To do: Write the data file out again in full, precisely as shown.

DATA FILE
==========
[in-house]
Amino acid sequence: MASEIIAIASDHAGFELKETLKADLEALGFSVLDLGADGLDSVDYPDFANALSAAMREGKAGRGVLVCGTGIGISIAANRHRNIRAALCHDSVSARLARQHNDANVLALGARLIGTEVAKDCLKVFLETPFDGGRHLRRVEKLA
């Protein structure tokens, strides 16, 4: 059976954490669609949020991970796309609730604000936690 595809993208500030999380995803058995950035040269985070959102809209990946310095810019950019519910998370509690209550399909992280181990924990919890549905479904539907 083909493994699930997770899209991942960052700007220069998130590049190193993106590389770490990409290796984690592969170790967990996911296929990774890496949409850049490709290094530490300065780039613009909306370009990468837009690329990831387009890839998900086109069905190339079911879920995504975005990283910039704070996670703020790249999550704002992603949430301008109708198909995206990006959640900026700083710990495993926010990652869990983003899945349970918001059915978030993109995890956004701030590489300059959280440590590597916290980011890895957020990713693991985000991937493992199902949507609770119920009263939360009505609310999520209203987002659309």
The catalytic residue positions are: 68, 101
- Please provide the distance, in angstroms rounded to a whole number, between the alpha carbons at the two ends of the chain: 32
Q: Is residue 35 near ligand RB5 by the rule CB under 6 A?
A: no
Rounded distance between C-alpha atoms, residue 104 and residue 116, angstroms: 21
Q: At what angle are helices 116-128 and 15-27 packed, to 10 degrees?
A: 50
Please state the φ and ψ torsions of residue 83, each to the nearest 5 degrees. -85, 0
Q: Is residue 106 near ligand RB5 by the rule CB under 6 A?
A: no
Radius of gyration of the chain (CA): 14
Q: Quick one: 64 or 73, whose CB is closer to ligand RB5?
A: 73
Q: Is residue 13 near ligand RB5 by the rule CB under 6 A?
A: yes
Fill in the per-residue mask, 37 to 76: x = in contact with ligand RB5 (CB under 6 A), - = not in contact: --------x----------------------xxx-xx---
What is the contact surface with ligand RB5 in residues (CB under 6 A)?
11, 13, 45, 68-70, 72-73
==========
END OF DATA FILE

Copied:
[in-house]
Amino acid sequence: MASEIIAIASDHAGFELKETLKADLEALGFSVLDLGADGLDSVDYPDFANALSAAMREGKAGRGVLVCGTGIGISIAANRHRNIRAALCHDSVSARLARQHNDANVLALGARLIGTEVAKDCLKVFLETPFDGGRHLRRVEKLA
């Protein structure tokens, strides 16, 4: 059976954490669609949020991970796309609730604000936690 595809993208500030999380995803058995950035040269985070959102809209990946310095810019950019519910998370509690209550399909992280181990924990919890549905479904539907 083909493994699930997770899209991942960052700007220069998130590049190193993106590389770490990409290796984690592969170790967990996911296929990774890496949409850049490709290094530490300065780039613009909306370009990468837009690329990831387009890839998900086109069905190339079911879920995504975005990283910039704070996670703020790249999550704002992603949430301008109708198909995206990006959640900026700083710990495993926010990652869990983003899945349970918001059915978030993109995890956004701030590489300059959280440590590597916290980011890895957020990713693991985000991937493992199902949507609770119920009263939360009505609310999520209203987002659309």
The catalytic residue positions are: 68, 101
- Please provide the distance, in angstroms rounded to a whole number, between the alpha carbons at the two ends of the chain: 32
Q: Is residue 35 near ligand RB5 by the rule CB under 6 A?
A: no
Rounded distance between C-alpha atoms, residue 104 and residue 116, angstroms: 21
Q: At what angle are helices 116-128 and 15-27 packed, to 10 degrees?
A: 50
Please state the φ and ψ torsions of residue 83, each to the nearest 5 degrees. -85, 0
Q: Is residue 106 near ligand RB5 by the rule CB under 6 A?
A: no
Radius of gyration of the chain (CA): 14
Q: Quick one: 64 or 73, whose CB is closer to ligand RB5?
A: 73
Q: Is residue 13 near ligand RB5 by the rule CB under 6 A?
A: yes
Fill in the per-residue mask, 37 to 76: x = in contact with ligand RB5 (CB under 6 A), - = not in contact: --------x----------------------xxx-xx---
What is the contact surface with ligand RB5 in residues (CB under 6 A)?
11, 13, 45, 68-70, 72-73